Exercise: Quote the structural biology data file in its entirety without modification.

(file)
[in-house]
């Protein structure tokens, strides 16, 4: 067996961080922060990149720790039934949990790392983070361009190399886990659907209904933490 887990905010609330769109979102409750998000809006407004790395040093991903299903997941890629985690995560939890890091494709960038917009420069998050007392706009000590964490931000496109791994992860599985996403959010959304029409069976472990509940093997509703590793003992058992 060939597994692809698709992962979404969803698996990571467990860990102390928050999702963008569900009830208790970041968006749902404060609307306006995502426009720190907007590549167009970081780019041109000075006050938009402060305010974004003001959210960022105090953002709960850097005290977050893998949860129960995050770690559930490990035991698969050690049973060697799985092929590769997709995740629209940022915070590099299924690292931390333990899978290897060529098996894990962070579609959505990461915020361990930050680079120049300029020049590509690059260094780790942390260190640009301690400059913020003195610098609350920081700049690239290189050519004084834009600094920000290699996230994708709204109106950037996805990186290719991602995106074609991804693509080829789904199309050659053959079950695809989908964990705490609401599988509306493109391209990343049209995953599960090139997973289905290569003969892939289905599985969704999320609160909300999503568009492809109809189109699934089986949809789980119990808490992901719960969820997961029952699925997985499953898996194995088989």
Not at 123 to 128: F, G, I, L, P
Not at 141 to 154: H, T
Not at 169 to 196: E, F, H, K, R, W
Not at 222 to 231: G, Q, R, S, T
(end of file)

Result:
[in-house]
């Protein structure tokens, strides 16, 4: 067996961080922060990149720790039934949990790392983070361009190399886990659907209904933490 887990905010609330769109979102409750998000809006407004790395040093991903299903997941890629985690995560939890890091494709960038917009420069998050007392706009000590964490931000496109791994992860599985996403959010959304029409069976472990509940093997509703590793003992058992 060939597994692809698709992962979404969803698996990571467990860990102390928050999702963008569900009830208790970041968006749902404060609307306006995502426009720190907007590549167009970081780019041109000075006050938009402060305010974004003001959210960022105090953002709960850097005290977050893998949860129960995050770690559930490990035991698969050690049973060697799985092929590769997709995740629209940022915070590099299924690292931390333990899978290897060529098996894990962070579609959505990461915020361990930050680079120049300029020049590509690059260094780790942390260190640009301690400059913020003195610098609350920081700049690239290189050519004084834009600094920000290699996230994708709204109106950037996805990186290719991602995106074609991804693509080829789904199309050659053959079950695809989908964990705490609401599988509306493109391209990343049209995953599960090139997973289905290569003969892939289905599985969704999320609160909300999503568009492809109809189109699934089986949809789980119990808490992901719960969820997961029952699925997985499953898996194995088989």
Not at 123 to 128: F, G, I, L, P
Not at 141 to 154: H, T
Not at 169 to 196: E, F, H, K, R, W
Not at 222 to 231: G, Q, R, S, T